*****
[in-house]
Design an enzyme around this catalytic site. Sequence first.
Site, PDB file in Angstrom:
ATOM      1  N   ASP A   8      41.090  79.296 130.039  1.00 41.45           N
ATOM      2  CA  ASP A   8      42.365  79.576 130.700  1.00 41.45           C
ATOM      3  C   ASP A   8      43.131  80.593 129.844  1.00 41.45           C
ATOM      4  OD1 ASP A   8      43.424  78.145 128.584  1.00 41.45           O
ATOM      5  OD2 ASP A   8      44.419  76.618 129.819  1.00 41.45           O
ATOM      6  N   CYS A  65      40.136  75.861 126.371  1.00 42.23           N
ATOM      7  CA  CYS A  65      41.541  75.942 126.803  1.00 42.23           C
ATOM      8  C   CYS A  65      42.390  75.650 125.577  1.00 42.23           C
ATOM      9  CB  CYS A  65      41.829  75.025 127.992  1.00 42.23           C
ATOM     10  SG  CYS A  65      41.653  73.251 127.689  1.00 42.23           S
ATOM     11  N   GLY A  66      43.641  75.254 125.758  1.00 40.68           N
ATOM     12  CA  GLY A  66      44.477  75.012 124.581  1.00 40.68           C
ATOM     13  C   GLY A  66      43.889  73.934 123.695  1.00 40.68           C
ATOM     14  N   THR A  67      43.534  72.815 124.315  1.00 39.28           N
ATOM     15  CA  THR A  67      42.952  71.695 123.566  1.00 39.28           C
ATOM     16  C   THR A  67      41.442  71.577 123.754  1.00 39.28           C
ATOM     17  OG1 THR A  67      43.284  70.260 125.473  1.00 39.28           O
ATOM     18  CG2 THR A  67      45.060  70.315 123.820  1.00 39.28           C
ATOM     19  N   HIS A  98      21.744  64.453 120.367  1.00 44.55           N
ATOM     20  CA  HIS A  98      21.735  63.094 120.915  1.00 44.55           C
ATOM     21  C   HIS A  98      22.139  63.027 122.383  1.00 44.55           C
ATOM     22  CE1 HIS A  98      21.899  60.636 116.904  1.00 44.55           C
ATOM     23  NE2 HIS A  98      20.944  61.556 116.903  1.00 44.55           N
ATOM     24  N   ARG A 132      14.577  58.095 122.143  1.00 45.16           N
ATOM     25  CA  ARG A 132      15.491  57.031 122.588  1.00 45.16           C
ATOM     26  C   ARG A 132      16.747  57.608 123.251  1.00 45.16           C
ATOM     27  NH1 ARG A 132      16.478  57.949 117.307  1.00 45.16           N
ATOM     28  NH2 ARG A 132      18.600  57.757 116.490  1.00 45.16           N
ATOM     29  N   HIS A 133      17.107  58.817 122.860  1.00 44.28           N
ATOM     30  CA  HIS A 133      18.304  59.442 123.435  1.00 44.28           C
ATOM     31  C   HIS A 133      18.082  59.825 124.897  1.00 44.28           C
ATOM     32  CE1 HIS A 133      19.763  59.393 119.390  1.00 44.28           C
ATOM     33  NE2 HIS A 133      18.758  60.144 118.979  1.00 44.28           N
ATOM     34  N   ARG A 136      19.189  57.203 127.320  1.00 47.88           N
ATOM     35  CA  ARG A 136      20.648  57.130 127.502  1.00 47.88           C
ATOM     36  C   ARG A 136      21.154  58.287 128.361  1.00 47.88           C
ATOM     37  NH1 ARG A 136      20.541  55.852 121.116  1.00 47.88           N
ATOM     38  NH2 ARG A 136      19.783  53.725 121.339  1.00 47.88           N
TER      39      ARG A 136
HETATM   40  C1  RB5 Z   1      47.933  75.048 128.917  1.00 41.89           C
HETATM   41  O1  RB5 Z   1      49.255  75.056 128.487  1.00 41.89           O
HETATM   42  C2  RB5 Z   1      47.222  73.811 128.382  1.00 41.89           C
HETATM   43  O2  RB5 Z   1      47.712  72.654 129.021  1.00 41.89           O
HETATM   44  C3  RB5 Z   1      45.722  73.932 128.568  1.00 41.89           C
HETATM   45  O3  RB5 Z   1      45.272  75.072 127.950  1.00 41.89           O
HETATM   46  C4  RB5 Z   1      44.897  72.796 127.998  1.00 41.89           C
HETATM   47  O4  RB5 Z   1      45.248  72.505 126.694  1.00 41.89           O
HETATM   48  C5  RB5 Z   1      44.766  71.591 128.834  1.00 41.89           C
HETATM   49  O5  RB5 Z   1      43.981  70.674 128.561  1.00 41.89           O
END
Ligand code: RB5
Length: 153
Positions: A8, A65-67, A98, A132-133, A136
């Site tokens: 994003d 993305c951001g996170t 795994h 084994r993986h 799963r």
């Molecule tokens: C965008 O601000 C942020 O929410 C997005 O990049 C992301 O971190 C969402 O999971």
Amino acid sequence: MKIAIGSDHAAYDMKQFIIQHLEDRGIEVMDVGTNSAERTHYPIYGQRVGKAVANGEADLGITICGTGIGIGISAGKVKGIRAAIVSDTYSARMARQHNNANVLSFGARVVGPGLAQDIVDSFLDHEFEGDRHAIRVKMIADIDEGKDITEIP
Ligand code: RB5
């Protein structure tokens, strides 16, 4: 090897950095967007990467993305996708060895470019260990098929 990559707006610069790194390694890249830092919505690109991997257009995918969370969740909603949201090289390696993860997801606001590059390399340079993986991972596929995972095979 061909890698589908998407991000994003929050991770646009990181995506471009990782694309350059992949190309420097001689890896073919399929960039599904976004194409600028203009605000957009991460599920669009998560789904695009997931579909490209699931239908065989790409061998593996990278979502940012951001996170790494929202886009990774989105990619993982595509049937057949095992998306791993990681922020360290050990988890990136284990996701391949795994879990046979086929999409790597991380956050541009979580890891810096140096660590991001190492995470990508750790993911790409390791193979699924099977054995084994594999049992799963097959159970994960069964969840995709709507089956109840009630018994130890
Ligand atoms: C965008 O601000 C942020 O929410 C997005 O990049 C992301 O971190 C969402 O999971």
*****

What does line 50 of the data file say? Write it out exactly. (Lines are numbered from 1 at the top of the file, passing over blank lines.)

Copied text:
HETATM   47  O4  RB5 Z   1      45.248  72.505 126.694  1.00 41.89           O